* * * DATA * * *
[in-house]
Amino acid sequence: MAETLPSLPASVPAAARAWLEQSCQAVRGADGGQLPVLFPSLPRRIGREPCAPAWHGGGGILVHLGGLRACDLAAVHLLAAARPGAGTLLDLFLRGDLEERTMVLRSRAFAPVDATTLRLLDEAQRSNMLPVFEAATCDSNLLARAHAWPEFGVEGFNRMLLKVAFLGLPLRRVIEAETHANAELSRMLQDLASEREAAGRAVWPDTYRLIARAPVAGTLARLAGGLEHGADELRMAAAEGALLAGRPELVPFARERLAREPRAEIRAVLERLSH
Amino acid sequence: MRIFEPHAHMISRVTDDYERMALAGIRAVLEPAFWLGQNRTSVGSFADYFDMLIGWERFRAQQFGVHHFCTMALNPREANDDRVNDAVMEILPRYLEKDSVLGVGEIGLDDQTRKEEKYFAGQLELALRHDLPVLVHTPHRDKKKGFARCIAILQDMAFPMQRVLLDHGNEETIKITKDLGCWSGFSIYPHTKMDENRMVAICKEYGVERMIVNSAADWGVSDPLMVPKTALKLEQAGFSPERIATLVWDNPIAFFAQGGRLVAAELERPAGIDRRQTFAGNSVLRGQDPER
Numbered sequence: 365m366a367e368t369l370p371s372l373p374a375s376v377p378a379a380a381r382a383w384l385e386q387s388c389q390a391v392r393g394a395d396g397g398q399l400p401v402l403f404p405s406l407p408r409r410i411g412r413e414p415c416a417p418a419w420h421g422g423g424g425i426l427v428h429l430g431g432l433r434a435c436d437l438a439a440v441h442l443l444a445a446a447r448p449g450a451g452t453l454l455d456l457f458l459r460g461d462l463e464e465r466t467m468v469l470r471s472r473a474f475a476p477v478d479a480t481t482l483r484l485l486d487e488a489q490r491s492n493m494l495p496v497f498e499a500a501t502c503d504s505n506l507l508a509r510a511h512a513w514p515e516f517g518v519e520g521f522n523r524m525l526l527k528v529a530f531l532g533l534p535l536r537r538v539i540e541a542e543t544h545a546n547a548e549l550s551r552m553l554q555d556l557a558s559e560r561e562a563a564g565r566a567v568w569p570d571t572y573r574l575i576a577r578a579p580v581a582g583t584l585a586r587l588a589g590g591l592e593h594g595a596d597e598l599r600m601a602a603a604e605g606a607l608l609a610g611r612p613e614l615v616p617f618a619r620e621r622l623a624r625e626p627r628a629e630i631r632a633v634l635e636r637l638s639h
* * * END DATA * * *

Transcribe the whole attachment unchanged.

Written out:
[in-house]
Amino acid sequence: MAETLPSLPASVPAAARAWLEQSCQAVRGADGGQLPVLFPSLPRRIGREPCAPAWHGGGGILVHLGGLRACDLAAVHLLAAARPGAGTLLDLFLRGDLEERTMVLRSRAFAPVDATTLRLLDEAQRSNMLPVFEAATCDSNLLARAHAWPEFGVEGFNRMLLKVAFLGLPLRRVIEAETHANAELSRMLQDLASEREAAGRAVWPDTYRLIARAPVAGTLARLAGGLEHGADELRMAAAEGALLAGRPELVPFARERLAREPRAEIRAVLERLSH
Amino acid sequence: MRIFEPHAHMISRVTDDYERMALAGIRAVLEPAFWLGQNRTSVGSFADYFDMLIGWERFRAQQFGVHHFCTMALNPREANDDRVNDAVMEILPRYLEKDSVLGVGEIGLDDQTRKEEKYFAGQLELALRHDLPVLVHTPHRDKKKGFARCIAILQDMAFPMQRVLLDHGNEETIKITKDLGCWSGFSIYPHTKMDENRMVAICKEYGVERMIVNSAADWGVSDPLMVPKTALKLEQAGFSPERIATLVWDNPIAFFAQGGRLVAAELERPAGIDRRQTFAGNSVLRGQDPER
Numbered sequence: 365m366a367e368t369l370p371s372l373p374a375s376v377p378a379a380a381r382a383w384l385e386q387s388c389q390a391v392r393g394a395d396g397g398q399l400p401v402l403f404p405s406l407p408r409r410i411g412r413e414p415c416a417p418a419w420h421g422g423g424g425i426l427v428h429l430g431g432l433r434a435c436d437l438a439a440v441h442l443l444a445a446a447r448p449g450a451g452t453l454l455d456l457f458l459r460g461d462l463e464e465r466t467m468v469l470r471s472r473a474f475a476p477v478d479a480t481t482l483r484l485l486d487e488a489q490r491s492n493m494l495p496v497f498e499a500a501t502c503d504s505n506l507l508a509r510a511h512a513w514p515e516f517g518v519e520g521f522n523r524m525l526l527k528v529a530f531l532g533l534p535l536r537r538v539i540e541a542e543t544h545a546n547a548e549l550s551r552m553l554q555d556l557a558s559e560r561e562a563a564g565r566a567v568w569p570d571t572y573r574l575i576a577r578a579p580v581a582g583t584l585a586r587l588a589g590g591l592e593h594g595a596d597e598l599r600m601a602a603a604e605g606a607l608l609a610g611r612p613e614l615v616p617f618a619r620e621r622l623a624r625e626p627r628a629e630i631r632a633v634l635e636r637l638s639h